Dancers behaving complexly

Eleanor Brickhill, DW98, Dance Works

It’s time again for pause at Dance Works, DW98 being their last season at the Wesleyan Hall, Albert Park, a space which has been integral to a number of the company’s works. For me, it’s reminiscent of an earlier Dance Works closing season, 1987’s Last Legs at the Y, then under the directorship of Nannette Hassall, with so many of those dancers having been the teachers and choreographers for members of this current company. So (it seems from my sporadic vantage) this program marks not only another change of venue, but yet another generation of dancers and choreographers. And it seems appropriate too that the season features prominently in the MAP program which is itself a new-generation Greenmill. So what are they up to now?

Sandra Parker, the current artistic director of Dance Works, has created the first piece in a triple bill, Waiting. She sets the scene with a program note, a quote from Romeo and Juliet which describes that condition of intolerable impatience, the infinitely prolonged expectation before a promise is fulfilled. We see 5 dancers in the hall, the oddly angled walls and vaulted ceilings, the decorous light. These women are sparsely placed, reclining, but not settled, leaning in torpor; they shift weight and place with small, almost purposeless gestures—vacant, somniferous, distanced too, as if by a glitch in time, or a video freeze-frame function. The actions never quite stop, but also seem never to run properly to speed. Forward-stop-forward, stop, back for a moment, fast forward, pause—as if the audience might be moved to think the obsessive thoughts of these women who wait, over and over.
Another scene comes to mind—a speedy solo, under a low ceiling far to the side of the main floor. It’s as if we happen to glance through a high window, and catch sight of this dancer, waiting under a railway lamp to meet a train. Matched with another simultaneous, almost languid unison trio, there’s that same stop-start, fast-slow, forward-back juxtaposition.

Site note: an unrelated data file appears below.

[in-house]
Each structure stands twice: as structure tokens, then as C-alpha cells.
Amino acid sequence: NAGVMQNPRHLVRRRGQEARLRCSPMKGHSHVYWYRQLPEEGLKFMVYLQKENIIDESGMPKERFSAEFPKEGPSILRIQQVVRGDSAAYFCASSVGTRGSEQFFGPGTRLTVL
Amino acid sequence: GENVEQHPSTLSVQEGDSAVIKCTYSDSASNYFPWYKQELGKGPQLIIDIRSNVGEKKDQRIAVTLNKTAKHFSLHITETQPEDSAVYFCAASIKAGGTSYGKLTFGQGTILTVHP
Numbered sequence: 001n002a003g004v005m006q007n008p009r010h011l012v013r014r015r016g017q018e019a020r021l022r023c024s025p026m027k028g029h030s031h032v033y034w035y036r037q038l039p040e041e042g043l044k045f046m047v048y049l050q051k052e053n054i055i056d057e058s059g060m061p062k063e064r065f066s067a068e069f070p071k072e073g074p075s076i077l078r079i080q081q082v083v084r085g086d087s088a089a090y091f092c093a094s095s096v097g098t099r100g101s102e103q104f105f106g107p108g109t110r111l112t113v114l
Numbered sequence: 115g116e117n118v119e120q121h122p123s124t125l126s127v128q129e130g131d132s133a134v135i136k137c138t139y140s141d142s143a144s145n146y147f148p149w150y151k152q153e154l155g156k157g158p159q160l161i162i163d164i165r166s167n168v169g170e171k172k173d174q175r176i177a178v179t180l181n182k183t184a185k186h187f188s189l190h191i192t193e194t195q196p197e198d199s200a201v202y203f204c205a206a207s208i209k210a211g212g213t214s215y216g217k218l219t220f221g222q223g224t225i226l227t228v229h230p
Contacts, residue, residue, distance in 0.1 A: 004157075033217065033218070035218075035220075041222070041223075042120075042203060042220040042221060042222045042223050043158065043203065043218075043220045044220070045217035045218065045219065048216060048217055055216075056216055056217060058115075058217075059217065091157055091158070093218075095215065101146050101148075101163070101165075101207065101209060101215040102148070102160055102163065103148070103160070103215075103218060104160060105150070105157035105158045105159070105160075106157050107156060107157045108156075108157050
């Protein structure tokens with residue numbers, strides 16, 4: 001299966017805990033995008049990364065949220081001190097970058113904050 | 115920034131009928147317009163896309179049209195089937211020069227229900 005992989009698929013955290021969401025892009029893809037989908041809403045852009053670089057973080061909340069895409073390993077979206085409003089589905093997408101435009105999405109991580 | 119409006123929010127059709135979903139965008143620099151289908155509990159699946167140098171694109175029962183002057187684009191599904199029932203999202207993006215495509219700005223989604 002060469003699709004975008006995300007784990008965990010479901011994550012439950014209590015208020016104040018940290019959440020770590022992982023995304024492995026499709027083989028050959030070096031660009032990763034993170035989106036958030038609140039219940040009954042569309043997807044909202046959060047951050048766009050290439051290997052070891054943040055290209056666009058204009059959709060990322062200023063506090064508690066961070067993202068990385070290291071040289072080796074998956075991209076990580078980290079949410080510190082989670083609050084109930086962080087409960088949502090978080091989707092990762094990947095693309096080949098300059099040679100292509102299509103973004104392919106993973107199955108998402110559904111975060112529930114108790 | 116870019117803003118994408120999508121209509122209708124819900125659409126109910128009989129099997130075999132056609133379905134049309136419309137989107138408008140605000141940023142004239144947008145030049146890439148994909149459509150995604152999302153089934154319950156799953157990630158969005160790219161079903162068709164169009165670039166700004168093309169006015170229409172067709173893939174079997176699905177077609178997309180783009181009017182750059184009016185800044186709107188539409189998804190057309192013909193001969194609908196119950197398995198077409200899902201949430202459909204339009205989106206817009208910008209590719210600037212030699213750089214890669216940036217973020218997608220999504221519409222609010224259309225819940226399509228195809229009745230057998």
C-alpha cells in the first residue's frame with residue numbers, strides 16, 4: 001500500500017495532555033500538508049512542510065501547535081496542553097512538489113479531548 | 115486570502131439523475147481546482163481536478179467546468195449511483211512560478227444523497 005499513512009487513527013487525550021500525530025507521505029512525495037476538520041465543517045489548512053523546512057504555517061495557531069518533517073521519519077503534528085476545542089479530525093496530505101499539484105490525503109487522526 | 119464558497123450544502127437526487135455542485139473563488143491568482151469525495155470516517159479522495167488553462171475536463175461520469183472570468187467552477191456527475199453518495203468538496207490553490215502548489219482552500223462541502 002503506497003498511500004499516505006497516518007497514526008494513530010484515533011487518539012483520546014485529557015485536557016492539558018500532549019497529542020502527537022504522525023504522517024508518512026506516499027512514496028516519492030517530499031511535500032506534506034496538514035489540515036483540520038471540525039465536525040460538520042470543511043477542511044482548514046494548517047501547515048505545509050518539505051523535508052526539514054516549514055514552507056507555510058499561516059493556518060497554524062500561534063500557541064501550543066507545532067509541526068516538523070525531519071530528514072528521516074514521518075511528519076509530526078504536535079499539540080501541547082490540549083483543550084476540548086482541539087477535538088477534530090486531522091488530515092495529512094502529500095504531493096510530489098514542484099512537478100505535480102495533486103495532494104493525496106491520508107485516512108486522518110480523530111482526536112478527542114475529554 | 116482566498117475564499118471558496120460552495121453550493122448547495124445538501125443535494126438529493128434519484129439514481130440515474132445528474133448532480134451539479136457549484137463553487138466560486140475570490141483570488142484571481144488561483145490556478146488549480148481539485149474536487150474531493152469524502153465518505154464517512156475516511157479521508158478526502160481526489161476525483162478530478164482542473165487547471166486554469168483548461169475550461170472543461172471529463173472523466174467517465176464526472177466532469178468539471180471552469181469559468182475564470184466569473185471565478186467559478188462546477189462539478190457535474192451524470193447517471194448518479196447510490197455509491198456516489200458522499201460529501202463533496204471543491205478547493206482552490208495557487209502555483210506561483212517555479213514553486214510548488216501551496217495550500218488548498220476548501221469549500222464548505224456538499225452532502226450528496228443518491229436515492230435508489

But Waiting struck me also with its clean and immaculately rehearsed quality, with its strong rhythm and line which never faltered, despite the fraught theme. And it was this, along with the delicate lines of vaulted ceiling, pillars, and shadowed corners, which rendered the piece more pleasantly harmonious in the end, than something disturbing or passionate.

Shelley Lasica’s Live Opera Situation, on the other hand, created its own dissonance, a kind of weird but subtle gawkiness of action and relationship in a piece which, because of that, moved with wit and comic understatement. A general feature of Lasica’s work is that it’s hard to know whether her movement quality is deliberate or not, but whatever it is, the 4 dancers managed to recreate it in a sort of benign but fiddly orchestration of starts and stops, overextended joints and slack muscle tone, which was really a relief after the generic beauteousness one is more likely to encounter in dance.

Lasica has used an operatic conceit as the starting point for Live Opera Situation, examining the behaviour of a quartet of characters, their spatial, physical, emotional, and musical relationships being revealed in this work more as purposeless posturing as they act out the emotional and relational dynamics, if not the actual moves, of the conventional operatic ones. It is also strongly reminiscent of the dynamics of Melrose Place.

The movement is often behavioural, jerky, stop-start, idiosyncratic, lacking in much adhesive unison, although there is a lot of stylish, layering of beige costume fabric. The curiously unfinished feel of each of the character’s sequences sets up a kind of awkward, unrehearsed, ‘conversational’ quality in their relationships. They come together in duets, separate, cluster in cameos, and bounce off each other unpredictably. But these relationships are the central feature of the work, providing the humour and the interest. The music too, from composer Franc Tétaz, provides another unifying aspect, a sense of time passing, as if a clock is slowly striking for this particular soap opera.

Coming out of left field was Sue Healey’s Stung, with the dancers in Adrienne Chisholm’s purple bee costumes, including little hats with feelers on the sides, suspiciously suggestive of WWI aeroplane pilots’ helmets, and little wings etcetera. With the dancers doing a lot of bee-like buzzing and humming and quivering and vibrating and so forth, with their bodies and limbs, especially their elbows, its seriously-silly quality gave it a sort of grand hilarity.

The design of the space was fantastic: Efterpi Soropos’ hexagonal spots, honeycomb-shaped beams on the floor and walls, as well as a number of long stemmed red flowers, weighted at the bottom, which could be moved around or stand in variously shaped clumps, and fall down when required.

Inspired by the children’s “Billy Bee Song”, the program also notes Sue Healey’s interest in the complex social behaviour of bees and other animals, including their territorial desires. And whether this is a serious investigation or an excuse for some light relief doesn’t seem to matter much, because while its choreographic complexity belies any suggestion of naivety, Stung’s imaginative inventiveness and capacity for wilful child-like pleasure is of a sort that’s hard to find any more.

DW98, Dance Works, Wesleyan Hall, Albert Park, July 15 – July 26

RealTime issue #27 Oct-Nov 1998 pg. 6

© Eleanor Brickhill; for permission to reproduce apply to realtime@realtimearts.net

1 October 1998
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